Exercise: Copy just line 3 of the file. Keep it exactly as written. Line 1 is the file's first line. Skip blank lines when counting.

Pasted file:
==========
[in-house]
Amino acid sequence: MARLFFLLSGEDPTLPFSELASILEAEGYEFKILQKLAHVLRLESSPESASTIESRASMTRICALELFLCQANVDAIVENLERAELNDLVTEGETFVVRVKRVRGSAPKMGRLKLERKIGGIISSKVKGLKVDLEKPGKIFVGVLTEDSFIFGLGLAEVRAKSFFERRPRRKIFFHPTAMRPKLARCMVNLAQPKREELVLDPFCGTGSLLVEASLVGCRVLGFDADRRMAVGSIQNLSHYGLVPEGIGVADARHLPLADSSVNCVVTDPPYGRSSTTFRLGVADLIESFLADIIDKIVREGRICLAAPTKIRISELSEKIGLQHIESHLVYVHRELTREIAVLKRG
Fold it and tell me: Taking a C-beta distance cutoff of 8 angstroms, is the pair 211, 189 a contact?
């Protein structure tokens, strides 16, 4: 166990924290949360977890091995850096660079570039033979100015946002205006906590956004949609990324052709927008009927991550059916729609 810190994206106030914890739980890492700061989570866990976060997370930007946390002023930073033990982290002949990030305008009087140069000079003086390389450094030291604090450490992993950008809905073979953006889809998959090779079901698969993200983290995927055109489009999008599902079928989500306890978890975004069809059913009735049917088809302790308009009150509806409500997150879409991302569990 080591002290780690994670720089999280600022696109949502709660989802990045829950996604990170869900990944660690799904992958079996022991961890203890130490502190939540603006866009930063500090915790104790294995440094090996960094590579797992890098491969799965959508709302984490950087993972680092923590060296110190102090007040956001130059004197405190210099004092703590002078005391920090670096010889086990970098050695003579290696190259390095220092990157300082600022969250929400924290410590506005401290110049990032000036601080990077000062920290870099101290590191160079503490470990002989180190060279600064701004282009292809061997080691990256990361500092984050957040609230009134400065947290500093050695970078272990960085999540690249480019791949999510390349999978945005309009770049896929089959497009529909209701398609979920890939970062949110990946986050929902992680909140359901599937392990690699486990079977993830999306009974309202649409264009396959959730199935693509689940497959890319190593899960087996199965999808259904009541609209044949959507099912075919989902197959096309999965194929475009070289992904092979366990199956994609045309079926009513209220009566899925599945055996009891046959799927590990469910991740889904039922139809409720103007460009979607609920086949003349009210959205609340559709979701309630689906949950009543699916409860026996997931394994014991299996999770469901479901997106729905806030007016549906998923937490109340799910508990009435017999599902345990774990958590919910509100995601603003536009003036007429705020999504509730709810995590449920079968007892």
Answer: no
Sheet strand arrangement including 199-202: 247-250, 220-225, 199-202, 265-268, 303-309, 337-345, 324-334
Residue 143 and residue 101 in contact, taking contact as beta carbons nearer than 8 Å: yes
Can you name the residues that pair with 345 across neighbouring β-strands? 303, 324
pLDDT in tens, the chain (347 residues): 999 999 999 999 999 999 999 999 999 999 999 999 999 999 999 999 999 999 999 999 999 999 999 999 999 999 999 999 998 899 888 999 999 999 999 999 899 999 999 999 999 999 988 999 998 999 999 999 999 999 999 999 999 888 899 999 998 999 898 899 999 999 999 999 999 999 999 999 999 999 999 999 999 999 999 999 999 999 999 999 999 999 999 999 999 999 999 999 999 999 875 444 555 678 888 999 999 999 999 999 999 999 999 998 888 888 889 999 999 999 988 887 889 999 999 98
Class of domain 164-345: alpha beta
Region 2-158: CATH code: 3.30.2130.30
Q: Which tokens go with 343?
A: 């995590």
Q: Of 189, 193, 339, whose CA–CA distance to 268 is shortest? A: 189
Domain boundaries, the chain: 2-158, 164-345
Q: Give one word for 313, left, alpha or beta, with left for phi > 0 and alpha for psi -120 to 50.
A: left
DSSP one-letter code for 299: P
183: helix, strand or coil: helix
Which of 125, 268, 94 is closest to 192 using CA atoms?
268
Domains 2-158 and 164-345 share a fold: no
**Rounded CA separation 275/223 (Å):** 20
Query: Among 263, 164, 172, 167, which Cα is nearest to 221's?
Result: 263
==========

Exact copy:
Fold it and tell me: Taking a C-beta distance cutoff of 8 angstroms, is the pair 211, 189 a contact?